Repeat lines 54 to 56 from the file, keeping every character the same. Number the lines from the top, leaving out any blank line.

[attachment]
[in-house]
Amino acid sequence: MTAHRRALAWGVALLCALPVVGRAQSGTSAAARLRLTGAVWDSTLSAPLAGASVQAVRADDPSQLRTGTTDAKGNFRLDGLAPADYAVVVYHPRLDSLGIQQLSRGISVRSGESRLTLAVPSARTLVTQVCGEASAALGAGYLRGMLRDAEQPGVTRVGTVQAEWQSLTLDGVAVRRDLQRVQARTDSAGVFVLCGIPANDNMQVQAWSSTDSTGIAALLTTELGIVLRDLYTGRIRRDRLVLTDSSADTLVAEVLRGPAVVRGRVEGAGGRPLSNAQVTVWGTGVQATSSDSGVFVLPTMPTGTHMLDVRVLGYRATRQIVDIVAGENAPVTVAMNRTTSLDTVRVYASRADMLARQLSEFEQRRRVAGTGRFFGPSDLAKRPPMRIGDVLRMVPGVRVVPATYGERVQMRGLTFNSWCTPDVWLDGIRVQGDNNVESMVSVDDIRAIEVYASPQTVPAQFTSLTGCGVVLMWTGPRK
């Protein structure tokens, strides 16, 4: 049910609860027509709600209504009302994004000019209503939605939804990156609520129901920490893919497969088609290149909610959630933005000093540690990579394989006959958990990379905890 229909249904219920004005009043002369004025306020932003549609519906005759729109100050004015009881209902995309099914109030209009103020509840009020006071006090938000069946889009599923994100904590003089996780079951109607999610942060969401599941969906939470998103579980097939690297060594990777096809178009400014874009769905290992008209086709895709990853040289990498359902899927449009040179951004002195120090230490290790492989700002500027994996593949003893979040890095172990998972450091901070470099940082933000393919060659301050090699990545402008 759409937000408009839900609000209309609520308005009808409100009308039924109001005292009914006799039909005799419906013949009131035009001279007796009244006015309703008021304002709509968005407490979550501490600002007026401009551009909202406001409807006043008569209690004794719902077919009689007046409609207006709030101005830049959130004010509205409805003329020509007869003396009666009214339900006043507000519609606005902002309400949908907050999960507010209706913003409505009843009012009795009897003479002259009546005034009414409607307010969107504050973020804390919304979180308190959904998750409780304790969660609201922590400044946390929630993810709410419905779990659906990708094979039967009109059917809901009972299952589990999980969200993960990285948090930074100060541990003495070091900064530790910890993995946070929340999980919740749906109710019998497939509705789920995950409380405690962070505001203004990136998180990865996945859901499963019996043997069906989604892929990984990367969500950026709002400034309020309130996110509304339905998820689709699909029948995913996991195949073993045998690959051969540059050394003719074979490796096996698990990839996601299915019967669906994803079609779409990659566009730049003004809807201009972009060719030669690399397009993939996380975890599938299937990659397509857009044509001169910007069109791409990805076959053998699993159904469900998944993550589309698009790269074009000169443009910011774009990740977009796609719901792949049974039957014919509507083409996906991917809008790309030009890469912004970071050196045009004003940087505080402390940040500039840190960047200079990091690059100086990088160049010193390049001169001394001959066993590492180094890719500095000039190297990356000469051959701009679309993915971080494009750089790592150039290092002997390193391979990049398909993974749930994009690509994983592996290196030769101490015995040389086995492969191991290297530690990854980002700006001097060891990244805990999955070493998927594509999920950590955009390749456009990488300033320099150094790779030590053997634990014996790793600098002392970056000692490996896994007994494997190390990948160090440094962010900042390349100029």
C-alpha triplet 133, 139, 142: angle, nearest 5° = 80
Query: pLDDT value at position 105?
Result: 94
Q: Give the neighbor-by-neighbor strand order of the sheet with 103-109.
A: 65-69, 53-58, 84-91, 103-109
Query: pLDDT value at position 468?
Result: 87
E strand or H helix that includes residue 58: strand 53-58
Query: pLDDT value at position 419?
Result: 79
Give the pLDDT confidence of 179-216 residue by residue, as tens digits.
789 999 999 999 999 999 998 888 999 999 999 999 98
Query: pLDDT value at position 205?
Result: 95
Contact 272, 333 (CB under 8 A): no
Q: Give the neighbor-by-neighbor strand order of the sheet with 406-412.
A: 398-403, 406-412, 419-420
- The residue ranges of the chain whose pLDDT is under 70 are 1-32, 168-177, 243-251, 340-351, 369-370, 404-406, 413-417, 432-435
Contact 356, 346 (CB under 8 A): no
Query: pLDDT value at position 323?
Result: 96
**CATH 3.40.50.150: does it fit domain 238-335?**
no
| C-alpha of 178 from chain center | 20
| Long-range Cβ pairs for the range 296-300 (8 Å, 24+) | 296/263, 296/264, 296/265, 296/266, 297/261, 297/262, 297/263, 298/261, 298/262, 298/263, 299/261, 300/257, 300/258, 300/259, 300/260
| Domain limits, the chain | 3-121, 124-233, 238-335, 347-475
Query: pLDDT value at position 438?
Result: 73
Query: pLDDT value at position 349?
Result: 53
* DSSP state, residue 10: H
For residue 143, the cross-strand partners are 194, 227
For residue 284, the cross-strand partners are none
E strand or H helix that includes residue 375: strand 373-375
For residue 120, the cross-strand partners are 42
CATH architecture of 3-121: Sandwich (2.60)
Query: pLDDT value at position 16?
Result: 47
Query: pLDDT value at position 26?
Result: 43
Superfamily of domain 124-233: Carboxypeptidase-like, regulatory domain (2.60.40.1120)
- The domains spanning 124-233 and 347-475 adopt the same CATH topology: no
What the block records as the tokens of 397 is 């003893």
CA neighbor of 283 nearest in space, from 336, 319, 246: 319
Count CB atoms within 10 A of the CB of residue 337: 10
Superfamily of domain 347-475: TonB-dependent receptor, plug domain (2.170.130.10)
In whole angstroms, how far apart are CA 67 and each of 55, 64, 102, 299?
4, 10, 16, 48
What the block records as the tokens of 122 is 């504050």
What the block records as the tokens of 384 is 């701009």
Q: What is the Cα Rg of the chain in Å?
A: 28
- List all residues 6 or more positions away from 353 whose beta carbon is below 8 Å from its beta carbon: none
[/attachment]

Q: What is the Cα Rg of the chain in Å?
A: 28
- List all residues 6 or more positions away from 353 whose beta carbon is below 8 Å from its beta carbon: none